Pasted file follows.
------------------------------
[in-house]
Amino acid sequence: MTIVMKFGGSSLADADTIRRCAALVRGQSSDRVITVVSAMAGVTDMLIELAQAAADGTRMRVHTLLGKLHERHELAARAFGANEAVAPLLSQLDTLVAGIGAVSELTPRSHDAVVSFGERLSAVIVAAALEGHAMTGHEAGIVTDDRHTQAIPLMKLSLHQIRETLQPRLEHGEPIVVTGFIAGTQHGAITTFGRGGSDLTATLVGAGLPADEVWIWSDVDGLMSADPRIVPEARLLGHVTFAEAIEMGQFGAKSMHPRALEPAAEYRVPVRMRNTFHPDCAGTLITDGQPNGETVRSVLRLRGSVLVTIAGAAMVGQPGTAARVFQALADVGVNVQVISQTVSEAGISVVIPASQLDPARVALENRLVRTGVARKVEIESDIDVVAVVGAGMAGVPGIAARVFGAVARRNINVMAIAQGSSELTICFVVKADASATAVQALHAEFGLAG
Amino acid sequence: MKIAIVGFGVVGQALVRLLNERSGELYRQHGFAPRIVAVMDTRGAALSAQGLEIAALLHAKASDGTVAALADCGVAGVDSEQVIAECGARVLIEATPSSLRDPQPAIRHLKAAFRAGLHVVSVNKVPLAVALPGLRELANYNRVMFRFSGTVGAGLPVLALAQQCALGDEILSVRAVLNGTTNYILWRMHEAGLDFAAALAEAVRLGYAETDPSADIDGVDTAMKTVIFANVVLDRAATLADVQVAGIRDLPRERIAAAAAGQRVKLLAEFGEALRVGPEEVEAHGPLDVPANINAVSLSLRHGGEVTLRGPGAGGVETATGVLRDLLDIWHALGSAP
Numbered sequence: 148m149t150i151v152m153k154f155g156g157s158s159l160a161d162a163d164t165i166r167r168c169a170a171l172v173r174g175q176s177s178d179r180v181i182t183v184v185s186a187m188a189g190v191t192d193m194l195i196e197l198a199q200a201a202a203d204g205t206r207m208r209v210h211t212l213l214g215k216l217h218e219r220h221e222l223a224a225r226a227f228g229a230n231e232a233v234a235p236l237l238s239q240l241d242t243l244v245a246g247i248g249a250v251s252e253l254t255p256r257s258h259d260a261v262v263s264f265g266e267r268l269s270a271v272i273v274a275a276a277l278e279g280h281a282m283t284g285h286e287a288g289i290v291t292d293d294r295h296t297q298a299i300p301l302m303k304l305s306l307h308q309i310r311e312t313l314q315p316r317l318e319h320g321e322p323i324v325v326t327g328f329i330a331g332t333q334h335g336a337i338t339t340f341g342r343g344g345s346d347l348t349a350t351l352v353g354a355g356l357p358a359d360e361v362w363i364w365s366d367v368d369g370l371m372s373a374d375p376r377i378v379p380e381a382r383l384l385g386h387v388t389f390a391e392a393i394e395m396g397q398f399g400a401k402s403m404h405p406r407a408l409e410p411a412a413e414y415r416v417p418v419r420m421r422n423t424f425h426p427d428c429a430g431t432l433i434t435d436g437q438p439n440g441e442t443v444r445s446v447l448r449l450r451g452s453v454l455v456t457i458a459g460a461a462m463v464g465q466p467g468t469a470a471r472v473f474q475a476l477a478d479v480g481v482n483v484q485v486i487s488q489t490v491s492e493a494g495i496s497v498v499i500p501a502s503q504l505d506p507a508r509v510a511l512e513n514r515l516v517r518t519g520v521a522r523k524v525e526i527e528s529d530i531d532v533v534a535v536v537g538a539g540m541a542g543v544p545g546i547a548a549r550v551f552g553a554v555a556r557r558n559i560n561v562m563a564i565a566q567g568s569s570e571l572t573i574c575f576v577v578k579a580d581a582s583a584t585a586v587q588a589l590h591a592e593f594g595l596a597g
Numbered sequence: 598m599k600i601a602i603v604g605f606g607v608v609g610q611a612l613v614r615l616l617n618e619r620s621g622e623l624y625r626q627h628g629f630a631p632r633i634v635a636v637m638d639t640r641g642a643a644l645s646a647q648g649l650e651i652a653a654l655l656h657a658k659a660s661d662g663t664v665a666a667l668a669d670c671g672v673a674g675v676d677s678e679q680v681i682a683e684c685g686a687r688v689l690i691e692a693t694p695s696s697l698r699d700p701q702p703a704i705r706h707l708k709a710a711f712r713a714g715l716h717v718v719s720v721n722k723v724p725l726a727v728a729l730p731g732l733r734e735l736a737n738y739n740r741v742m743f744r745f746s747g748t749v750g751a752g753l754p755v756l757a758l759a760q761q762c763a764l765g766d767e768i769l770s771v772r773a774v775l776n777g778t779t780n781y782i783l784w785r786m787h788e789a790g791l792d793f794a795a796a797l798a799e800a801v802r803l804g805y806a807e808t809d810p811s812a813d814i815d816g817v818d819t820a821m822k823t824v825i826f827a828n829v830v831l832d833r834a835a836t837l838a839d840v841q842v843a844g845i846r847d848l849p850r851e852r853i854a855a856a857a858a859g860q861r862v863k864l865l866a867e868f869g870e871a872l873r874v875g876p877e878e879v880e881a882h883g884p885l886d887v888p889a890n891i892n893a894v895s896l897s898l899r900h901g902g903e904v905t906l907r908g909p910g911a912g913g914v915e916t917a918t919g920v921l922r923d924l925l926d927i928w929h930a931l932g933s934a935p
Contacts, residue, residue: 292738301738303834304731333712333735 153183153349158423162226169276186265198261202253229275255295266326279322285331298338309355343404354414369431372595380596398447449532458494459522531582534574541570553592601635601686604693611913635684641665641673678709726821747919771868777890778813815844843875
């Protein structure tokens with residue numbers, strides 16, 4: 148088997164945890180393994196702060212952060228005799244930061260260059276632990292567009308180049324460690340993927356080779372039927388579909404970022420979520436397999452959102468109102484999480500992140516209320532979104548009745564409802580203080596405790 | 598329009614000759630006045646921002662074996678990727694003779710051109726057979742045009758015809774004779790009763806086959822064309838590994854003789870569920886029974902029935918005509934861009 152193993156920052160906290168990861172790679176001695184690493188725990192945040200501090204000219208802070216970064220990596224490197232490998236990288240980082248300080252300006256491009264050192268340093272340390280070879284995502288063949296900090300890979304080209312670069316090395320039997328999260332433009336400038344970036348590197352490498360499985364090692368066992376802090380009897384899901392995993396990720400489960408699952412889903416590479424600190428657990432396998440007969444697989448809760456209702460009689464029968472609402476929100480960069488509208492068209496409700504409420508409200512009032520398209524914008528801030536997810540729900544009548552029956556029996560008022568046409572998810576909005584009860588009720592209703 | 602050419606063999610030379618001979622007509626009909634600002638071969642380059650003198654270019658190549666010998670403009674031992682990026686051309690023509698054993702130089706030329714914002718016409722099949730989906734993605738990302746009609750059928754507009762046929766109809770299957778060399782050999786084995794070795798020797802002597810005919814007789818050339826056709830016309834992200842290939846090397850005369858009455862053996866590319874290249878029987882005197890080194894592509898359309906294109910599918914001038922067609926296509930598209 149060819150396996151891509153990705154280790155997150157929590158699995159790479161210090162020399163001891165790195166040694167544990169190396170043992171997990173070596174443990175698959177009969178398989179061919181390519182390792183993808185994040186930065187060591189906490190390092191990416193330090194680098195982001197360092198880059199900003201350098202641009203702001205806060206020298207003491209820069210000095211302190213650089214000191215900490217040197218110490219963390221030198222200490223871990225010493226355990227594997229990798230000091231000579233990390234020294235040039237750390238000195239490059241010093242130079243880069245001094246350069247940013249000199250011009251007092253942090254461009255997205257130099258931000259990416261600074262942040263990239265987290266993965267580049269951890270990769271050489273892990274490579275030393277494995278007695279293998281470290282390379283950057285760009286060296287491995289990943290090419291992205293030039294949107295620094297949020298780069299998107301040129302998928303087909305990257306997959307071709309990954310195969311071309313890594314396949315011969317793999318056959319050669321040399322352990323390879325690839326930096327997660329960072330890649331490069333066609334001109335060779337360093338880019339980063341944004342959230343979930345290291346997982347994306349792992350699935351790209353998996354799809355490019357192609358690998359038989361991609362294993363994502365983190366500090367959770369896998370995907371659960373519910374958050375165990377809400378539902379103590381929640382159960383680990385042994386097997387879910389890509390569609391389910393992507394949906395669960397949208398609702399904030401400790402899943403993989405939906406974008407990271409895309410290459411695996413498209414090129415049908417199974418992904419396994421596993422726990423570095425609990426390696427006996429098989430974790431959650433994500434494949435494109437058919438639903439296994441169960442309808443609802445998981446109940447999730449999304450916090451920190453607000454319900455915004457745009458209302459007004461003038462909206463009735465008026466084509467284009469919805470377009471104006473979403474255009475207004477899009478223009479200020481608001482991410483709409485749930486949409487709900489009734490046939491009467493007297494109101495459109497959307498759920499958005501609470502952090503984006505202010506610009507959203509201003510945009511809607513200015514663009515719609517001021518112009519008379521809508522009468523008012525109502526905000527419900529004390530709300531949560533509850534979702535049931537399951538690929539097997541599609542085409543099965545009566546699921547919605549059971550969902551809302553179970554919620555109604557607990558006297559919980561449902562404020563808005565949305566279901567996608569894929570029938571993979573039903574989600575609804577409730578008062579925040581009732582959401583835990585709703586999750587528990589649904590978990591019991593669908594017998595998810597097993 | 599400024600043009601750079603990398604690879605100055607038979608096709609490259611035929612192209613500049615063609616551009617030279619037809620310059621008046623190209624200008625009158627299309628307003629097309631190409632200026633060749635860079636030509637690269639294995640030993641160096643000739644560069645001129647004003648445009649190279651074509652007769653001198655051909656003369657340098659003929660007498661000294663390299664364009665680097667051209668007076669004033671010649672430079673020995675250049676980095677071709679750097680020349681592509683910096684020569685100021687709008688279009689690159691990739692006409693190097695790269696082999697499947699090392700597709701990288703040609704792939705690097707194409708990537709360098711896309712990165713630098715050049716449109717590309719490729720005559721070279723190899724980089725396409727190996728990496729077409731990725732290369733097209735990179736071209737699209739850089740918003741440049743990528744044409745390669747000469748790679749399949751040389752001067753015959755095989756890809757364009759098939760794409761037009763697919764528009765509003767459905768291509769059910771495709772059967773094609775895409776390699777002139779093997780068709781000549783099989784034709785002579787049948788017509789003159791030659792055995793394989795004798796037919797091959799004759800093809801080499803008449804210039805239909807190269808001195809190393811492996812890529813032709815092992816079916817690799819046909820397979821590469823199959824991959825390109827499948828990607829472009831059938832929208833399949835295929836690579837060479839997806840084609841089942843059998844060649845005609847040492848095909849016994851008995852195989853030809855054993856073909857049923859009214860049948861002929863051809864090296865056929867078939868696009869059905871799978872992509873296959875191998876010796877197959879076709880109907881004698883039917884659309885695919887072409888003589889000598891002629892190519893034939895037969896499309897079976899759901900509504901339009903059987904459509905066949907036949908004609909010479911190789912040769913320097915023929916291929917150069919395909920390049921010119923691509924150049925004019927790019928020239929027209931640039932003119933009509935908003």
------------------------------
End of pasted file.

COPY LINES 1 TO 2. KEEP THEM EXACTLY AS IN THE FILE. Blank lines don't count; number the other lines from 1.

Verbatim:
[in-house]
Amino acid sequence: MTIVMKFGGSSLADADTIRRCAALVRGQSSDRVITVVSAMAGVTDMLIELAQAAADGTRMRVHTLLGKLHERHELAARAFGANEAVAPLLSQLDTLVAGIGAVSELTPRSHDAVVSFGERLSAVIVAAALEGHAMTGHEAGIVTDDRHTQAIPLMKLSLHQIRETLQPRLEHGEPIVVTGFIAGTQHGAITTFGRGGSDLTATLVGAGLPADEVWIWSDVDGLMSADPRIVPEARLLGHVTFAEAIEMGQFGAKSMHPRALEPAAEYRVPVRMRNTFHPDCAGTLITDGQPNGETVRSVLRLRGSVLVTIAGAAMVGQPGTAARVFQALADVGVNVQVISQTVSEAGISVVIPASQLDPARVALENRLVRTGVARKVEIESDIDVVAVVGAGMAGVPGIAARVFGAVARRNINVMAIAQGSSELTICFVVKADASATAVQALHAEFGLAG